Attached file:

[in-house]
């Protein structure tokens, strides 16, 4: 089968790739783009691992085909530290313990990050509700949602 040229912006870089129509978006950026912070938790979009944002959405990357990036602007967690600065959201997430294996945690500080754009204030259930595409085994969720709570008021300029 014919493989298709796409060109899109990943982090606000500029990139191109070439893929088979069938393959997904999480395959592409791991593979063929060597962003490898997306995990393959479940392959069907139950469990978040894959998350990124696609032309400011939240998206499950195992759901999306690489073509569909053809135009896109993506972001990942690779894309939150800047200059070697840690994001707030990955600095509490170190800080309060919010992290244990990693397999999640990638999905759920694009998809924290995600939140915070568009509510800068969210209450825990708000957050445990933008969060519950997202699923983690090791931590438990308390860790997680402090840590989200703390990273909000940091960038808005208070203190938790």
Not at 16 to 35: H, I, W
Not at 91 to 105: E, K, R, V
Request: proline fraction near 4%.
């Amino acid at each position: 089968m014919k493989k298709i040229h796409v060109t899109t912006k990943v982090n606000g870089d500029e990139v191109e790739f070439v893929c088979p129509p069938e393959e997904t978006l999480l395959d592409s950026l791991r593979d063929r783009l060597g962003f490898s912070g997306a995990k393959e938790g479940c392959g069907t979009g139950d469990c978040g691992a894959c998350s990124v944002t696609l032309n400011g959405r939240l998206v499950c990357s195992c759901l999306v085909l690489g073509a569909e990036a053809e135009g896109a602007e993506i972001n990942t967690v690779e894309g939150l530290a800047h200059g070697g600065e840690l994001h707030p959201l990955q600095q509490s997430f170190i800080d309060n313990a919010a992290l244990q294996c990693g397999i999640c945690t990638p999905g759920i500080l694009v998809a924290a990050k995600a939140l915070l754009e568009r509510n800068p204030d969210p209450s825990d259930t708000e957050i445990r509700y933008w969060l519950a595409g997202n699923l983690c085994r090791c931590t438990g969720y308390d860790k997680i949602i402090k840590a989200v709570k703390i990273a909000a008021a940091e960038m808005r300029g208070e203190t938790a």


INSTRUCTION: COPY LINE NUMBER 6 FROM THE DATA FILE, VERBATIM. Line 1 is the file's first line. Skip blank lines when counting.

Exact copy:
């Amino acid at each position: 089968m014919k493989k298709i040229h796409v060109t899109t912006k990943v982090n606000g870089d500029e990139v191109e790739f070439v893929c088979p129509p069938e393959e997904t978006l999480l395959d592409s950026l791991r593979d063929r783009l060597g962003f490898s912070g997306a995990k393959e938790g479940c392959g069907t979009g139950d469990c978040g691992a894959c998350s990124v944002t696609l032309n400011g959405r939240l998206v499950c990357s195992c759901l999306v085909l690489g073509a569909e990036a053809e135009g896109a602007e993506i972001n990942t967690v690779e894309g939150l530290a800047h200059g070697g600065e840690l994001h707030p959201l990955q600095q509490s997430f170190i800080d309060n313990a919010a992290l244990q294996c990693g397999i999640c945690t990638p999905g759920i500080l694009v998809a924290a990050k995600a939140l915070l754009e568009r509510n800068p204030d969210p209450s825990d259930t708000e957050i445990r509700y933008w969060l519950a595409g997202n699923l983690c085994r090791c931590t438990g969720y308390d860790k997680i949602i402090k840590a989200v709570k703390i990273a909000a008021a940091e960038m808005r300029g208070e203190t938790a």